Suzuki, with the strong backing of Japan's powerful Finance Ministry, is "wedded to the philosophy that you've got to balance the budget," said Eric W. Hayden, senior economist at the Bank of America's Asia headquarters in Tokyo. Philosophically, he said, officials have remained committed to a policy of expanding exports to fuel the economy when times are tough and this "supply-side" boost has in the past helped keep revenues rolling in to combat government deficits.

Growing resistance to Japanese exports in the West, however, has now clouded the long-term outlook for overseas sales and, according to private analysts here, confronted Tokyo with the need for a more active role in stimulating domestic demand.

"What's happened," Hayden said, "is that the Japanese, who have traditionally been supply-siders, have understood Reaganomics a little too well. It's a myopic vision of economic success . . . The government is running the risk of finding that their economy doesn't walk on water."

Private economists here argue that Japan's high rate of individual savings -- 20 percent, compared to roughly 5 percent in the United States -- means that, unlike the U.S. economy, Japan's has plenty of funds available to finance a chronic government deficit and, at the same time, provide adequate reserves for borrowing by private industry.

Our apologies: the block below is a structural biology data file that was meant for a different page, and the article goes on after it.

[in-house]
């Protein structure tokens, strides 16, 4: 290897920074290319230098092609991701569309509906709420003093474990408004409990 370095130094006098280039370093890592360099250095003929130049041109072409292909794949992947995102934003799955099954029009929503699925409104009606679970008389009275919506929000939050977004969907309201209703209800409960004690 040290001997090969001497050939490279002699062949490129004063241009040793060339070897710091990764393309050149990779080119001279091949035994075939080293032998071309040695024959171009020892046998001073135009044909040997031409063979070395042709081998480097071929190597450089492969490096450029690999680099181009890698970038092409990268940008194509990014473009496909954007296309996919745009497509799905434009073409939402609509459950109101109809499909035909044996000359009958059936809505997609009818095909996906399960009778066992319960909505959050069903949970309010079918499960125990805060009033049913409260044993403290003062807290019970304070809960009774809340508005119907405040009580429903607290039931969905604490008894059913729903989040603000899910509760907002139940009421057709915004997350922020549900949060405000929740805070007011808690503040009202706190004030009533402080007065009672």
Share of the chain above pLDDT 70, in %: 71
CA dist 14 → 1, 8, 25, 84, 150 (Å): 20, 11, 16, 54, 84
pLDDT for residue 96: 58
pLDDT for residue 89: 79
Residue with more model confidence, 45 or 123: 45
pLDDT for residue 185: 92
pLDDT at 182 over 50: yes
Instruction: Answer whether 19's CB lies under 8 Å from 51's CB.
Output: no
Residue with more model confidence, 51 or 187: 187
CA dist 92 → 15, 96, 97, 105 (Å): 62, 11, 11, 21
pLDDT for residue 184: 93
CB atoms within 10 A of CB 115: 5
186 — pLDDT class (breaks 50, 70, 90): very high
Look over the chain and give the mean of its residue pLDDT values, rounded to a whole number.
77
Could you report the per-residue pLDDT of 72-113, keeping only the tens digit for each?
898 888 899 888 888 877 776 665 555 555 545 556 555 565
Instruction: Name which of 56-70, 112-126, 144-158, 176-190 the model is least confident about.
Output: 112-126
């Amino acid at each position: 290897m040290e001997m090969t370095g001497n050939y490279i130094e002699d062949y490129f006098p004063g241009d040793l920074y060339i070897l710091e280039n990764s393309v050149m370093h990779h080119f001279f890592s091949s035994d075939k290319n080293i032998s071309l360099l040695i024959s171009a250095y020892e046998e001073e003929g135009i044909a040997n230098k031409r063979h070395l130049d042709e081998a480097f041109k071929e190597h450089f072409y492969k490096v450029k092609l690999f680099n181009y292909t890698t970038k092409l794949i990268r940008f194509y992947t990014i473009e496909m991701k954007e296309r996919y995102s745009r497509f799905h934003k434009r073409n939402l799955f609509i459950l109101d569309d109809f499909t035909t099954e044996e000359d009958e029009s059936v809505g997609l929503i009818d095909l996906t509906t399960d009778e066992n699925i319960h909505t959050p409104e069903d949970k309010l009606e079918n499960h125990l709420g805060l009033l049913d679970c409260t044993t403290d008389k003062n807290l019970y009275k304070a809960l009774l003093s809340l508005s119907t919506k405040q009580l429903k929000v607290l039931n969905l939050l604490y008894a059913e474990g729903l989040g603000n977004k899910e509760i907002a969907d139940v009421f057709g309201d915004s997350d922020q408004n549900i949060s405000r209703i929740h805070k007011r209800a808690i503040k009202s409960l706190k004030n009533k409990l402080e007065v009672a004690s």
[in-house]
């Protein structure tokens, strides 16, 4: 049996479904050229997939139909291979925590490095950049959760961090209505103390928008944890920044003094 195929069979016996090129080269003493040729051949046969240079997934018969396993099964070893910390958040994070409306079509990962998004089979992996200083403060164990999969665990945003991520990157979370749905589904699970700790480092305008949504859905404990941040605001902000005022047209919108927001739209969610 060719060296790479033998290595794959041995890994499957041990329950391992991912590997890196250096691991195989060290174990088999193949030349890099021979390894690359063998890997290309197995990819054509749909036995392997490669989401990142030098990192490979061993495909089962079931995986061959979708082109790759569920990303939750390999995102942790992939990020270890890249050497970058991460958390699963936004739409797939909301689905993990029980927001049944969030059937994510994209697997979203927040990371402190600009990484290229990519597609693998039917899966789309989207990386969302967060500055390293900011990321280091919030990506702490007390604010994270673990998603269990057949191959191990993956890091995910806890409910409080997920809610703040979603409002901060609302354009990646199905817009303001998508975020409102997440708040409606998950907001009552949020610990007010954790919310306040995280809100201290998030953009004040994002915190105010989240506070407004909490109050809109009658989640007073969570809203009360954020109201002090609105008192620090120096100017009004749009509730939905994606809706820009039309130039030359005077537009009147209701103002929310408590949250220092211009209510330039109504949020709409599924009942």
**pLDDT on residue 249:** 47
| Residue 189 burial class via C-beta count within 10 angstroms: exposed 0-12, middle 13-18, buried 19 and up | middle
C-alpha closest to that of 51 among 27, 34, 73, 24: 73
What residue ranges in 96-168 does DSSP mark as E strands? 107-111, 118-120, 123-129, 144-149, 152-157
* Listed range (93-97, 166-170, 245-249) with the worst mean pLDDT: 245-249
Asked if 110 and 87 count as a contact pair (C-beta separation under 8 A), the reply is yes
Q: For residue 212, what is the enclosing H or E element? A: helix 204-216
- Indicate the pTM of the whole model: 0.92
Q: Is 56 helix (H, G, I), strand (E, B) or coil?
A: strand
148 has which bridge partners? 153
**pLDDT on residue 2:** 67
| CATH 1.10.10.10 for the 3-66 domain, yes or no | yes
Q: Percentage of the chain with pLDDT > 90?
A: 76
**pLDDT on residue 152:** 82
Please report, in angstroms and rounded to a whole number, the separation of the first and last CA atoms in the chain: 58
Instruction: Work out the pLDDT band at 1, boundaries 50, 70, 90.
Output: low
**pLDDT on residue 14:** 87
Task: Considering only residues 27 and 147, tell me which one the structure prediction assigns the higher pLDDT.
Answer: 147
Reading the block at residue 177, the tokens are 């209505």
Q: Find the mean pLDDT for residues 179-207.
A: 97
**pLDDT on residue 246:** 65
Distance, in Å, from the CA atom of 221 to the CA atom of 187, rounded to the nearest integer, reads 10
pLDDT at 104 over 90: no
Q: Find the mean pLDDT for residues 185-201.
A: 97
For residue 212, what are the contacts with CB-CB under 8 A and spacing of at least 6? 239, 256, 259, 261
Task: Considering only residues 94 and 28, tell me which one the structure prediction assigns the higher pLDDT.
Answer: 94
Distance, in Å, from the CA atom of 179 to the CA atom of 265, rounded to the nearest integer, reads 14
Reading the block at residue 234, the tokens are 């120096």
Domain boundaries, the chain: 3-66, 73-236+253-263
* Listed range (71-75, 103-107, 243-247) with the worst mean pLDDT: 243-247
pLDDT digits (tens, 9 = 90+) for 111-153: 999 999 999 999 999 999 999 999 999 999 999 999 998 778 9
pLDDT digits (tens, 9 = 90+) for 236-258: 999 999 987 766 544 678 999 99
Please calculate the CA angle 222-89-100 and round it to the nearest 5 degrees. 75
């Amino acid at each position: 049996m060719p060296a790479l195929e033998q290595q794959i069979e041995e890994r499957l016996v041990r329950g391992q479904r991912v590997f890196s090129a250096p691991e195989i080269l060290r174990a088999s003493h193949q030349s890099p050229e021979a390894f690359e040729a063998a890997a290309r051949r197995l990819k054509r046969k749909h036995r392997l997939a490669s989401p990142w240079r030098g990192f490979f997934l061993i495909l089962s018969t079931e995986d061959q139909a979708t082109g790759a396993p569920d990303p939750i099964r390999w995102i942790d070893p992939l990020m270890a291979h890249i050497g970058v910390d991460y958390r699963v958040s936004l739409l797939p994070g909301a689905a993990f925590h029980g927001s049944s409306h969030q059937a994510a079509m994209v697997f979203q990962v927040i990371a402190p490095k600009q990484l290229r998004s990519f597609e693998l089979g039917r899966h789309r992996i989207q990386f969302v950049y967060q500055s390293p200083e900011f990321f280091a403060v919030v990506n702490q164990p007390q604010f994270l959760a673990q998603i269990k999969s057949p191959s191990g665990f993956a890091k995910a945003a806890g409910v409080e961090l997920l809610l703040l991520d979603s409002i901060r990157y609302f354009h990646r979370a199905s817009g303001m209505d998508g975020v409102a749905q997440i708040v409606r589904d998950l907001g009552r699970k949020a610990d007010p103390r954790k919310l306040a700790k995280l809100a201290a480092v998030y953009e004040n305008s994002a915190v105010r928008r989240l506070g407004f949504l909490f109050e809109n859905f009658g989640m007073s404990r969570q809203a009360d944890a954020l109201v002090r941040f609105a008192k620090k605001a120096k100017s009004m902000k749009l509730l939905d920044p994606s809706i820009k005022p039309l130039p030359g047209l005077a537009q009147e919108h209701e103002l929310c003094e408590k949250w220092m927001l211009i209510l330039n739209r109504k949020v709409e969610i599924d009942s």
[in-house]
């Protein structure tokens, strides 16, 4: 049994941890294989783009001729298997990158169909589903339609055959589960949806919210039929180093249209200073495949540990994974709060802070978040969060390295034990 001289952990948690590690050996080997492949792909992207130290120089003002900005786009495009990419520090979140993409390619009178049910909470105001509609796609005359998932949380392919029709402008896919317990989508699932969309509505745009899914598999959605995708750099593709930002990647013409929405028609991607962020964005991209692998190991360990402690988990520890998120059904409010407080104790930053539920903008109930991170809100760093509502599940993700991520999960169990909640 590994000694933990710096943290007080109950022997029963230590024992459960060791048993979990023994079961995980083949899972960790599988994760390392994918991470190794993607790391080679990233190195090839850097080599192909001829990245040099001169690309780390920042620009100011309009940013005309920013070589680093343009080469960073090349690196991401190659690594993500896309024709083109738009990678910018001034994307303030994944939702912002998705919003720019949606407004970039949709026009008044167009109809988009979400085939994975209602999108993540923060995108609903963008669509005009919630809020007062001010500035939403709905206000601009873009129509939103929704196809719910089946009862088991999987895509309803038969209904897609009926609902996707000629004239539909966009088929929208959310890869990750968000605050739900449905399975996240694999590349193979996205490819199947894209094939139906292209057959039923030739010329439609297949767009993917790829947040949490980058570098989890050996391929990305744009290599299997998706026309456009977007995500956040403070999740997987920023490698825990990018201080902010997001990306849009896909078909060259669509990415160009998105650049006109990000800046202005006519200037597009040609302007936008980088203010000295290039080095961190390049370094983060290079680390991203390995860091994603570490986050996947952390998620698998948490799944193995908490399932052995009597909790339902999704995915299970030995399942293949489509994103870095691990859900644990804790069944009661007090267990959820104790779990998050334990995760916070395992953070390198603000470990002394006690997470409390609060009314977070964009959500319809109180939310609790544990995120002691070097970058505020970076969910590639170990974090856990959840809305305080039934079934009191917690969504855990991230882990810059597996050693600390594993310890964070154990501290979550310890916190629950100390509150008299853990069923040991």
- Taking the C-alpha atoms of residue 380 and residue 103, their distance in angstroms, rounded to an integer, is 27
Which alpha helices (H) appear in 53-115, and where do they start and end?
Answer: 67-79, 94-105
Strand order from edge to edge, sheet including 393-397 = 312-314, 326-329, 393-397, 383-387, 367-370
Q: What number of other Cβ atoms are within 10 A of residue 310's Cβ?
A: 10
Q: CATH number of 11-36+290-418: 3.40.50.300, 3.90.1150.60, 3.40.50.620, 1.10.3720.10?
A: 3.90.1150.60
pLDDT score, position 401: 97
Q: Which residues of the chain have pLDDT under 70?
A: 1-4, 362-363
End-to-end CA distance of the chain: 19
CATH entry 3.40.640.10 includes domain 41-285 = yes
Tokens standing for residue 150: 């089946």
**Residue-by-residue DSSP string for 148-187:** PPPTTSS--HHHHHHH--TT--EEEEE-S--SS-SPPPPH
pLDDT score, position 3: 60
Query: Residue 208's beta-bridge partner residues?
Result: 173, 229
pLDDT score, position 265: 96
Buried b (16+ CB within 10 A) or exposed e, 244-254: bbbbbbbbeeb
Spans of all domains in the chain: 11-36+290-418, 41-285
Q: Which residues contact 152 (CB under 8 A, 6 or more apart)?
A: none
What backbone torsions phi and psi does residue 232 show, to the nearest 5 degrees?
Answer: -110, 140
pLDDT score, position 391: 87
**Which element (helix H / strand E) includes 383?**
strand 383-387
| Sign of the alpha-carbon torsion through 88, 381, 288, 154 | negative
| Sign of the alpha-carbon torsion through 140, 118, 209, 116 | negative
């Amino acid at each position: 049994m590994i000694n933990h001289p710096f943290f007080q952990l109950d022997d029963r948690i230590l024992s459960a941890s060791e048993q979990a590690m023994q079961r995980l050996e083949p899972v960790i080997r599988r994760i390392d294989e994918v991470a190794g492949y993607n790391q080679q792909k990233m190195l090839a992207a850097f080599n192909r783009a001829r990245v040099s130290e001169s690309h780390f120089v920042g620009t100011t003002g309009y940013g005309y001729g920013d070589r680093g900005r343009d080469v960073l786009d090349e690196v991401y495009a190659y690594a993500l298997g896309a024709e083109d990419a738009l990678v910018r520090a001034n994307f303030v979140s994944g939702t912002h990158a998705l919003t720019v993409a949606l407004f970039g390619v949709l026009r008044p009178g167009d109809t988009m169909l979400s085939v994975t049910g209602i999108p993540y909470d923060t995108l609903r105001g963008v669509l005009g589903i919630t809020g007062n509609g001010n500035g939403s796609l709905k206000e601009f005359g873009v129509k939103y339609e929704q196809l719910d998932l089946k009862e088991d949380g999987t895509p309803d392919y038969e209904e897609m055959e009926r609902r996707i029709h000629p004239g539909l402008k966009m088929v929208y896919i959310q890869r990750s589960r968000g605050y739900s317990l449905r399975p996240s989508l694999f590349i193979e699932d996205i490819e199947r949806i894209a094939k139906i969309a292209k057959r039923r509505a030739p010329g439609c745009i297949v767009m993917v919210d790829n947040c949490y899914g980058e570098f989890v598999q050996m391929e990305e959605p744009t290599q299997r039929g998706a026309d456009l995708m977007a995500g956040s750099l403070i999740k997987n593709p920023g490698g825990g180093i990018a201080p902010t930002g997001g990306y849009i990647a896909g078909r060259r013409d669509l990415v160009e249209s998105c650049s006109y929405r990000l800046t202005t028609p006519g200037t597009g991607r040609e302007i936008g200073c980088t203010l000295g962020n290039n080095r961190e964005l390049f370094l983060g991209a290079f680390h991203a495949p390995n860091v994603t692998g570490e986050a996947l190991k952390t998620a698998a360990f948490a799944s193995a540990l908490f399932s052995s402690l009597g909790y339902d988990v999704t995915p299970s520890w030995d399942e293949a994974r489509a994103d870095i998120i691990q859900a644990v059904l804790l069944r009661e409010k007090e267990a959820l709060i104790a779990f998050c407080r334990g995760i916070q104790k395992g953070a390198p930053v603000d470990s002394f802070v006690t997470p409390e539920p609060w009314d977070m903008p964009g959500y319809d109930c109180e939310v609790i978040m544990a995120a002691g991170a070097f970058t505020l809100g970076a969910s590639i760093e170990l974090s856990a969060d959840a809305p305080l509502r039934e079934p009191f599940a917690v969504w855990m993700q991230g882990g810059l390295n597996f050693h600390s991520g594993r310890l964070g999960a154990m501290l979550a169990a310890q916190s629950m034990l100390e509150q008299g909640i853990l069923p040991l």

Finance officials assert, however, that the size of the current deficit--larger, as a percentage of gross national product, than that of the United States or any country in Western Europe -- proves the wisdom of Tokyo's austere budget policies.

The real culprit, critics in the private sector assert, is government mismanagement. Debt payments at Japan National Railways alone account for nearly 20 percent of the yearly national budget. Reducing waste in such state-run enterprises, they argue, would allow Tokyo to make more constructive use of deficit spending that will be unavoidable in the years ahead. A government-appointed panel of top business executives recently recommended that the rail system be divided up and sold to private industry, but the proposal outraged its 450,000 employes and chances for its early enactment appear dim.

Suzuki's Liberal Democrats, meanwhile, have resisted politically unpopular tax increases to help make up Tokyo's severe revenue shortfalls. This is at a time when the rapid aging of Japan's population is creating a large pool of senior citizens that will dramatically boost future costs for welfare and pension payments, and medical care.

Another concern is the increasing gap between the country's giant corporations with their strong export bases and the small- and medium-scale businesses that account for more than 60 percent of domestic economic activity. The large organizations, economists argue, have the financial resources to invest in the latest technology to ensure their future productivity and profitability. Smaller companies, however, are likely to find it difficult to keep pace in the rush to computerize offices and factories that will be needed to maintain a competitive edge.

"This could produce a conflict between management and labor, big industries versus small ones," Daiwa Securities' Ishikawa says. "And the government is lagging behind in dealing with these anticipated changes."